“As Luis Hernando Giraldo works he listens to his inner voice. There is no place in his creative world for passing fads or fleeting prisms through which to observe art, and yet he is in tune with his time.” So says Carmen María Jaramillo (b. 1958) in this essay. The curator and art critic confirms this when she examines Giraldo’s paintings, that are the result of profound color studies and a combination of abstract and figurative forms expressed with short brush strokes freely overlaid on large color planes, in some cases merging together to create recognizable shapes. These images could be read as memories or feelings, but although they are perceptible, they are better left undefined, unshackled by any limitation.
Giraldo’s painting is an exercise in communication that relies on his own personal iconography, using symbols that are closely linked to his life experience, the influence of the great painters of the Italian Renaissance and the Romantic periods, and his passion for literature and music. Giraldo’s images are steeped in personal meaning but they also convey lessons in sensibility, poetry, and music.
This document is related to “Una memoria de mineral y musgo, casi” [see 1133365].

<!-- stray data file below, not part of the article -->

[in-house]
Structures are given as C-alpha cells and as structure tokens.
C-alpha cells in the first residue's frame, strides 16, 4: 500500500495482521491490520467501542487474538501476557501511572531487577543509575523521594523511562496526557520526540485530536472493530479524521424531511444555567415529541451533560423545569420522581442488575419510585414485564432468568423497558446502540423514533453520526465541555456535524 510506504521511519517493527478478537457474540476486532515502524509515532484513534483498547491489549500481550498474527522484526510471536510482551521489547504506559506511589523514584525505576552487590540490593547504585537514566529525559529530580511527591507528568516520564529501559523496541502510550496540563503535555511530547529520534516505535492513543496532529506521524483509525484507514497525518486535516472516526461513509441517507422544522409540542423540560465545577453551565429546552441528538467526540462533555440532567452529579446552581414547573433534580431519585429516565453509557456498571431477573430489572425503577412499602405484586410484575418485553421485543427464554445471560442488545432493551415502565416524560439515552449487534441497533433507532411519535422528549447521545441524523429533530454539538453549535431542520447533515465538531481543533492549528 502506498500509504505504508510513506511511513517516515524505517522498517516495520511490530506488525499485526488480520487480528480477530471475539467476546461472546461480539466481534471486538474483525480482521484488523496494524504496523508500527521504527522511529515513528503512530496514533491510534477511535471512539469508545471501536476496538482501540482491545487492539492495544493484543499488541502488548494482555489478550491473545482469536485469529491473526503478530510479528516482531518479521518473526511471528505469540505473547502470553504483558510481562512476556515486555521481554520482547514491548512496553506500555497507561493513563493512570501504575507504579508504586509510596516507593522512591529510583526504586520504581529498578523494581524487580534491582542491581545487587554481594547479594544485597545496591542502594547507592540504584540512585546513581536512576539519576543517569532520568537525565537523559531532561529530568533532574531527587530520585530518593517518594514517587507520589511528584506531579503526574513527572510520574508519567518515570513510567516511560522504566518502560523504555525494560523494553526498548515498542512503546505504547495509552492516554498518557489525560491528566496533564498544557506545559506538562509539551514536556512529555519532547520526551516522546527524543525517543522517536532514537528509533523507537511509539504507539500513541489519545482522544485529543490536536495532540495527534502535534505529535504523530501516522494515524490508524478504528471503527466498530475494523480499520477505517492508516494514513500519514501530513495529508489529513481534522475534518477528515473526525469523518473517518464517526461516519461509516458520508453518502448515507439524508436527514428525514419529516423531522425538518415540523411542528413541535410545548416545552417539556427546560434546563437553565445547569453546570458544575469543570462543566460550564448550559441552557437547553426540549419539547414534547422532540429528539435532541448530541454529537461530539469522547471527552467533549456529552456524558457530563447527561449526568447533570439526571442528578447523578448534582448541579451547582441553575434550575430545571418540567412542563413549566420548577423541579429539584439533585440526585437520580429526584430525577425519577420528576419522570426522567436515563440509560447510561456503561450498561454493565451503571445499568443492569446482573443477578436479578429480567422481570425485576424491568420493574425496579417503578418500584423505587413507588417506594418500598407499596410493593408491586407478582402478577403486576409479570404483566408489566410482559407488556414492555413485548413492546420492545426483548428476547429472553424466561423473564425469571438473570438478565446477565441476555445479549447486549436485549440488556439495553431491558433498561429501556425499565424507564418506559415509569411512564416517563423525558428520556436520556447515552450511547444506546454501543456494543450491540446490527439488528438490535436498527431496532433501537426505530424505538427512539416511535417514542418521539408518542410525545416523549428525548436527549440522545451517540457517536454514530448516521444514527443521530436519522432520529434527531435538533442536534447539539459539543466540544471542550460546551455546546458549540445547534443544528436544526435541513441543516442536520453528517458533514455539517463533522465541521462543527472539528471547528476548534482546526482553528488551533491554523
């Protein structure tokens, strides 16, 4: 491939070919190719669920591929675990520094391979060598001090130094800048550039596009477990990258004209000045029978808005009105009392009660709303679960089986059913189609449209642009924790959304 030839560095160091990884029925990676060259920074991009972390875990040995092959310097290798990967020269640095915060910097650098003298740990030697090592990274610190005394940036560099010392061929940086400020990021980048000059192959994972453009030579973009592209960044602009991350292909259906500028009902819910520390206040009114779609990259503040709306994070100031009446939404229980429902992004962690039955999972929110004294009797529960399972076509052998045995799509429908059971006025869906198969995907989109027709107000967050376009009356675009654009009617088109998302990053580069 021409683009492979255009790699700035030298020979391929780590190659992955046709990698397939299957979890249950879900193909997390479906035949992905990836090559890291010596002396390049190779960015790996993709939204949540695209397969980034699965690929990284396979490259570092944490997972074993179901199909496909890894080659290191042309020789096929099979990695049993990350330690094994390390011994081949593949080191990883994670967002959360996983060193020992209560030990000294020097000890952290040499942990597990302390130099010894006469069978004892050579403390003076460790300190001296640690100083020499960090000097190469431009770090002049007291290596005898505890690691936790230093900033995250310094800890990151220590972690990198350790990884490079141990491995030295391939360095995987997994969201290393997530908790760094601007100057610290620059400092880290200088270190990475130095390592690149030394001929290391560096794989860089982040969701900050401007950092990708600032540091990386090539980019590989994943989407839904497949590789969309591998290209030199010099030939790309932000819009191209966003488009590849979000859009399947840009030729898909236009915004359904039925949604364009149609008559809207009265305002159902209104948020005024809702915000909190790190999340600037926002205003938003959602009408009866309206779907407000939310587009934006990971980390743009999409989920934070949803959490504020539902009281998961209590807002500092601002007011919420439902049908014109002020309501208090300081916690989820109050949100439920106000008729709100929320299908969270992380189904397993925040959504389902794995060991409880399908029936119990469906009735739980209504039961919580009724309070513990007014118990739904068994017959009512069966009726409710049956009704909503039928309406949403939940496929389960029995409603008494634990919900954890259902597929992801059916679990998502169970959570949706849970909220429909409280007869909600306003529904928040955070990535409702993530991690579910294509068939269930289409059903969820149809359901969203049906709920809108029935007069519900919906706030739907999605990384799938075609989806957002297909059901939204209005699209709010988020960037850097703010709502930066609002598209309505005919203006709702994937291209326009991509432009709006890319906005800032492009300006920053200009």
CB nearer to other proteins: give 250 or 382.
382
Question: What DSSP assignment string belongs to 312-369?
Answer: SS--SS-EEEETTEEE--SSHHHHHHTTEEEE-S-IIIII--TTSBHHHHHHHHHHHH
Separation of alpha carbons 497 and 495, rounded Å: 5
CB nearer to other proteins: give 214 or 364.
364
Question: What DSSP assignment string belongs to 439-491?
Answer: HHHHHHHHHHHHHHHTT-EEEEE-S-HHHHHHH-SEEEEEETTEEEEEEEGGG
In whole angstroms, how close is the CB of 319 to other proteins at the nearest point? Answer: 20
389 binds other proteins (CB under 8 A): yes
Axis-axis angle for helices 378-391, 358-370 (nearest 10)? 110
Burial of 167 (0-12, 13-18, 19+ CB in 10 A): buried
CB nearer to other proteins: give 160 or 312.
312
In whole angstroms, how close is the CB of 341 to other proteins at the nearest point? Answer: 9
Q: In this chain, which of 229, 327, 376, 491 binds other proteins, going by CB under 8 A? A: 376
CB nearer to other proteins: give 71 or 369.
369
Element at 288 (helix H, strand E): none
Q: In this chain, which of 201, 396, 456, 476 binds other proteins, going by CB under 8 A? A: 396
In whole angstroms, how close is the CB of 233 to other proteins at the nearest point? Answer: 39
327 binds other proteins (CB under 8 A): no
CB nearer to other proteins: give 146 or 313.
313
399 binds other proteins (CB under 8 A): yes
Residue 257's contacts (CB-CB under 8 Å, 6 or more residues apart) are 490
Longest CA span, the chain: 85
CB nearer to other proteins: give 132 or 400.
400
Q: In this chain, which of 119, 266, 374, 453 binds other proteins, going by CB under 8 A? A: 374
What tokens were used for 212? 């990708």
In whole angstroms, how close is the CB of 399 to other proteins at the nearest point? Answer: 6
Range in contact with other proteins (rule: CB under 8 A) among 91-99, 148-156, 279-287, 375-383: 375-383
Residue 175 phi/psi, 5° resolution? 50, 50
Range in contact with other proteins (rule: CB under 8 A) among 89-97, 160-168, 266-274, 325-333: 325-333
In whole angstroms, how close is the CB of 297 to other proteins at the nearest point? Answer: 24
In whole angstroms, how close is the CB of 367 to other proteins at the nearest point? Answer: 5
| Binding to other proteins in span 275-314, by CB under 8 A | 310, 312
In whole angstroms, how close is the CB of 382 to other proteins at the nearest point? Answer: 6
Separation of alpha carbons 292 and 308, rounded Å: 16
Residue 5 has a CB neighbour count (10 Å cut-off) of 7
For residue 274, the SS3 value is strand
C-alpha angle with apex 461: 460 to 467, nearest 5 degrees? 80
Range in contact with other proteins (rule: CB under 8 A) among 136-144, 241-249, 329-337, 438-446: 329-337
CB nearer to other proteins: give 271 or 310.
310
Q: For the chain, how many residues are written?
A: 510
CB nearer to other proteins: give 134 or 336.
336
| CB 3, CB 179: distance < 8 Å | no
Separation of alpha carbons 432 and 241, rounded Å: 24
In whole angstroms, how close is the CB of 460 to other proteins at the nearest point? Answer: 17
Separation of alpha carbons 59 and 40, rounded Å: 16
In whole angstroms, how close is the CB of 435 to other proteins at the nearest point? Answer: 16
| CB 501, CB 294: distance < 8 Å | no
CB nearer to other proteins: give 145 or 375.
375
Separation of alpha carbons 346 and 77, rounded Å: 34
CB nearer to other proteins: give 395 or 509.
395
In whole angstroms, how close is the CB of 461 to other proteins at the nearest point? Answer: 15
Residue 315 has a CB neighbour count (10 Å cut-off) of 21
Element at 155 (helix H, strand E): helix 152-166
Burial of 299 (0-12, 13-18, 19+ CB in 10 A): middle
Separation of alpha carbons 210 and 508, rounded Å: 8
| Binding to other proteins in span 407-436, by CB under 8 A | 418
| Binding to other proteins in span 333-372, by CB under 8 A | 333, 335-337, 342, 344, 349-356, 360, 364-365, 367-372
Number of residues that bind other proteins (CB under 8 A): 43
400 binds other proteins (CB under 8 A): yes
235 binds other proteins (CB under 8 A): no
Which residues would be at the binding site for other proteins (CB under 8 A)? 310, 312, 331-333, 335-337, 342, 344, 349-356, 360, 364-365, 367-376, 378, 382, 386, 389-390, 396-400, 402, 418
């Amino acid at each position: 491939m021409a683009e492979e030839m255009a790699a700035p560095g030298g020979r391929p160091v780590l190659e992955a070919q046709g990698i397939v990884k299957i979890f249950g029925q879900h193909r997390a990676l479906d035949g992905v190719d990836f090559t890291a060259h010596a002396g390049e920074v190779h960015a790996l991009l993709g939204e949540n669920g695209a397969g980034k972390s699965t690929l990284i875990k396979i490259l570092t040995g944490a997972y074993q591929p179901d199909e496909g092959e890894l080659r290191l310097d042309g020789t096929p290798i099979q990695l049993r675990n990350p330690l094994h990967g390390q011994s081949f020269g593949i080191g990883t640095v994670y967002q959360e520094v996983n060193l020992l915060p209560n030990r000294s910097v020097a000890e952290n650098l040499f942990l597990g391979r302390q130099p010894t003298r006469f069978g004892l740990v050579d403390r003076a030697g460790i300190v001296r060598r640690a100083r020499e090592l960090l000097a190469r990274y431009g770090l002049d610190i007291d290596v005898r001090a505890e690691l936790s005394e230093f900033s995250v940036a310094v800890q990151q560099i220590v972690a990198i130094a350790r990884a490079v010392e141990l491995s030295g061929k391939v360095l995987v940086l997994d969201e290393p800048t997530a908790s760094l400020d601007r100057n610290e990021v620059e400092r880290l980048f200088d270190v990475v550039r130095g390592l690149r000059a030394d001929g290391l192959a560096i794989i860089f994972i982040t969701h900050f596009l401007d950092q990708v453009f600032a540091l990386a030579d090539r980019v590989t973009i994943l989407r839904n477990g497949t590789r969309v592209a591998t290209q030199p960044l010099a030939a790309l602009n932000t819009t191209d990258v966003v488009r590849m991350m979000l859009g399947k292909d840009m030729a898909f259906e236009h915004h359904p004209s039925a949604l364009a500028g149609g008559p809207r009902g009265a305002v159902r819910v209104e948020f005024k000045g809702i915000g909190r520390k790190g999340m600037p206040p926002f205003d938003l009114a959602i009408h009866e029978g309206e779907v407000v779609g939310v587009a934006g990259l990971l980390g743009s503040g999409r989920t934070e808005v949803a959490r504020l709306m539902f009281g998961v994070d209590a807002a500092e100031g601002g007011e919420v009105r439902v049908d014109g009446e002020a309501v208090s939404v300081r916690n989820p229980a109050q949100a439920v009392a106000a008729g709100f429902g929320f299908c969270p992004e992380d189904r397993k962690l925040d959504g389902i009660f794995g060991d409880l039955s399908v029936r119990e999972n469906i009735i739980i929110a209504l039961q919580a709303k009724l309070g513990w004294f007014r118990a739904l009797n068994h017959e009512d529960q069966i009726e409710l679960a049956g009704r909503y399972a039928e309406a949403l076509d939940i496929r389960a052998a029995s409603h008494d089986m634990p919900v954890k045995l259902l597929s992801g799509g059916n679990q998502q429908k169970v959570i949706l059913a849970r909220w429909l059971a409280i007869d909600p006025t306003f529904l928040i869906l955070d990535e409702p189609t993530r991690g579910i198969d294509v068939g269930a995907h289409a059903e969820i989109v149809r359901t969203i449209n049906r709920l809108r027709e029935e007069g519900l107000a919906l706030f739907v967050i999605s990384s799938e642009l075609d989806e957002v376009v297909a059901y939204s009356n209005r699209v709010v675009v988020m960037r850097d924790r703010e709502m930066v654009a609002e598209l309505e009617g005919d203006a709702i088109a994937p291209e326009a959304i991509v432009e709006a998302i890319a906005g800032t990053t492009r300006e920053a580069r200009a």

Jaramillo’s essay reflects on the work of Luis Hernando Giraldo, an artist who is known as a great colorist, creator of his own personal style, and for his work as a teacher. He taught painting on the art faculty at the Universidad Jorge Tadeo Lozano (1977–80 and 1986–91). He is currently (in 2010) an art instructor at the Escuela de Artes Plásticas at the Universidad Nacional de Colombia at Bogotá, a position he has held since 1999.
Carmen María Jaramillo is an art critic, researcher, and curator. Her publications include: Arte, política y crítica: Una aproximación a la consolidación del arte moderno en Colombia (2005) ; El mago del Caribe (2001), a book about the painter Alejandro Obregón (1920–92) ; and Otras Miradas: Other Glances (2004), among others.